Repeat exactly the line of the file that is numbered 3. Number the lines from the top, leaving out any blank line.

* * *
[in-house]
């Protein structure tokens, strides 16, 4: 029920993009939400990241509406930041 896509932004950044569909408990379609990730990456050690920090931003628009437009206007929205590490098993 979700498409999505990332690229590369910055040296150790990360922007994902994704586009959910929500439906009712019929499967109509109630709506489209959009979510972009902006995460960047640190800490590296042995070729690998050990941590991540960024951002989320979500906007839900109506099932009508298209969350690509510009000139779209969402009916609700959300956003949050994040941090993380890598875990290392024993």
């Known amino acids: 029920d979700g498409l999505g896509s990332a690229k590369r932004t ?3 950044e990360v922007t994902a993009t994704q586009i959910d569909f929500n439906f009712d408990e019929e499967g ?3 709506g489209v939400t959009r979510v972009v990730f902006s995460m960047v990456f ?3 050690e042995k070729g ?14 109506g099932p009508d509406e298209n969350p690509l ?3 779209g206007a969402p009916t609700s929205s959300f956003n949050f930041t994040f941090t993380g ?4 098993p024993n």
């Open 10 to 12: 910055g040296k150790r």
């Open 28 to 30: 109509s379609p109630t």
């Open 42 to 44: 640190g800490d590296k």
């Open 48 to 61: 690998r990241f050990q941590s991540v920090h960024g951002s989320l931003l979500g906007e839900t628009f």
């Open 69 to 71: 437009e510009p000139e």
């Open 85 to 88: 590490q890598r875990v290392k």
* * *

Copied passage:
């Known amino acids: 029920d979700g498409l999505g896509s990332a690229k590369r932004t ?3 950044e990360v922007t994902a993009t994704q586009i959910d569909f929500n439906f009712d408990e019929e499967g ?3 709506g489209v939400t959009r979510v972009v990730f902006s995460m960047v990456f ?3 050690e042995k070729g ?14 109506g099932p009508d509406e298209n969350p690509l ?3 779209g206007a969402p009916t609700s929205s959300f956003n949050f930041t994040f941090t993380g ?4 098993p024993n």